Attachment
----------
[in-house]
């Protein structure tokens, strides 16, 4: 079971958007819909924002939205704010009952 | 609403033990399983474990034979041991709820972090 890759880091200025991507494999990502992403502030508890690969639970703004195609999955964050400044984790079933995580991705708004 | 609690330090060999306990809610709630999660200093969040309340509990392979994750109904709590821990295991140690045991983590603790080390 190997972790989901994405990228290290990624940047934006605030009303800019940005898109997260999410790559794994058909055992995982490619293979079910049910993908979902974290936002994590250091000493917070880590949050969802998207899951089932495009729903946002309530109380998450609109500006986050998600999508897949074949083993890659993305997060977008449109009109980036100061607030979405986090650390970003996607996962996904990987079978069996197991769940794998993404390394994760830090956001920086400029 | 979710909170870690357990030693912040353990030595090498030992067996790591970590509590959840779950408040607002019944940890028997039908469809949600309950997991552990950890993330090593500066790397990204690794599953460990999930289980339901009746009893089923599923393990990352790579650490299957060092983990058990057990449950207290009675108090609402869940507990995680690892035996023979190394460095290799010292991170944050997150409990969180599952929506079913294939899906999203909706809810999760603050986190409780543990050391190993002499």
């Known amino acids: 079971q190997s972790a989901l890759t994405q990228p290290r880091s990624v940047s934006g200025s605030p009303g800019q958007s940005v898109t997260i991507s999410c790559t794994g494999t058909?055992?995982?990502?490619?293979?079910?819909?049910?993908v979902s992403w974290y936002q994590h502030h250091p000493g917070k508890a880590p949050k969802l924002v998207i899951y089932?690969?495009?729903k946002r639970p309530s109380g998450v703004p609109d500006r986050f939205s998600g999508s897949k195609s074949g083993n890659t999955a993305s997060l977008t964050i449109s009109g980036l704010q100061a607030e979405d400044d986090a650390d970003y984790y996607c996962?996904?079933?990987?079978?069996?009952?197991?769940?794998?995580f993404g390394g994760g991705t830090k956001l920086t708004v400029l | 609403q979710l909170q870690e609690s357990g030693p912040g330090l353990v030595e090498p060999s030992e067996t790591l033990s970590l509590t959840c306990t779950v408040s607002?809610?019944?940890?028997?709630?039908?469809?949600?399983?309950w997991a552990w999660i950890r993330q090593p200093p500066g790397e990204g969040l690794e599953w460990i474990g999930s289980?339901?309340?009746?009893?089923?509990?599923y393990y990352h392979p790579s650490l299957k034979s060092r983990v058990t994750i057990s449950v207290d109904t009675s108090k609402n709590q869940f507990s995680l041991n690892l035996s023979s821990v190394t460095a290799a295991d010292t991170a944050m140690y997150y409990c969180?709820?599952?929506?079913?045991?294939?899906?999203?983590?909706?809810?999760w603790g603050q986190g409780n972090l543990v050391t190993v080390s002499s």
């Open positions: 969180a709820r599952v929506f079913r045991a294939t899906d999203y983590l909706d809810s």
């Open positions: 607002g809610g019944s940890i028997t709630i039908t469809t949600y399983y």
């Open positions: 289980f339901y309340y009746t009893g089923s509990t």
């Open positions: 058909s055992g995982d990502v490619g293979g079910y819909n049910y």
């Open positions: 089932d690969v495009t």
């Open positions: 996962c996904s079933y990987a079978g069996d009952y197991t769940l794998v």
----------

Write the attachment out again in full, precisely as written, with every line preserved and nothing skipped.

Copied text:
[in-house]
């Protein structure tokens, strides 16, 4: 079971958007819909924002939205704010009952 | 609403033990399983474990034979041991709820972090 890759880091200025991507494999990502992403502030508890690969639970703004195609999955964050400044984790079933995580991705708004 | 609690330090060999306990809610709630999660200093969040309340509990392979994750109904709590821990295991140690045991983590603790080390 190997972790989901994405990228290290990624940047934006605030009303800019940005898109997260999410790559794994058909055992995982490619293979079910049910993908979902974290936002994590250091000493917070880590949050969802998207899951089932495009729903946002309530109380998450609109500006986050998600999508897949074949083993890659993305997060977008449109009109980036100061607030979405986090650390970003996607996962996904990987079978069996197991769940794998993404390394994760830090956001920086400029 | 979710909170870690357990030693912040353990030595090498030992067996790591970590509590959840779950408040607002019944940890028997039908469809949600309950997991552990950890993330090593500066790397990204690794599953460990999930289980339901009746009893089923599923393990990352790579650490299957060092983990058990057990449950207290009675108090609402869940507990995680690892035996023979190394460095290799010292991170944050997150409990969180599952929506079913294939899906999203909706809810999760603050986190409780543990050391190993002499």
């Known amino acids: 079971q190997s972790a989901l890759t994405q990228p290290r880091s990624v940047s934006g200025s605030p009303g800019q958007s940005v898109t997260i991507s999410c790559t794994g494999t058909?055992?995982?990502?490619?293979?079910?819909?049910?993908v979902s992403w974290y936002q994590h502030h250091p000493g917070k508890a880590p949050k969802l924002v998207i899951y089932?690969?495009?729903k946002r639970p309530s109380g998450v703004p609109d500006r986050f939205s998600g999508s897949k195609s074949g083993n890659t999955a993305s997060l977008t964050i449109s009109g980036l704010q100061a607030e979405d400044d986090a650390d970003y984790y996607c996962?996904?079933?990987?079978?069996?009952?197991?769940?794998?995580f993404g390394g994760g991705t830090k956001l920086t708004v400029l | 609403q979710l909170q870690e609690s357990g030693p912040g330090l353990v030595e090498p060999s030992e067996t790591l033990s970590l509590t959840c306990t779950v408040s607002?809610?019944?940890?028997?709630?039908?469809?949600?399983?309950w997991a552990w999660i950890r993330q090593p200093p500066g790397e990204g969040l690794e599953w460990i474990g999930s289980?339901?309340?009746?009893?089923?509990?599923y393990y990352h392979p790579s650490l299957k034979s060092r983990v058990t994750i057990s449950v207290d109904t009675s108090k609402n709590q869940f507990s995680l041991n690892l035996s023979s821990v190394t460095a290799a295991d010292t991170a944050m140690y997150y409990c969180?709820?599952?929506?079913?045991?294939?899906?999203?983590?909706?809810?999760w603790g603050q986190g409780n972090l543990v050391t190993v080390s002499s």
């Open positions: 969180a709820r599952v929506f079913r045991a294939t899906d999203y983590l909706d809810s």
């Open positions: 607002g809610g019944s940890i028997t709630i039908t469809t949600y399983y």
């Open positions: 289980f339901y309340y009746t009893g089923s509990t």
């Open positions: 058909s055992g995982d990502v490619g293979g079910y819909n049910y």
């Open positions: 089932d690969v495009t």
């Open positions: 996962c996904s079933y990987a079978g069996d009952y197991t769940l794998v």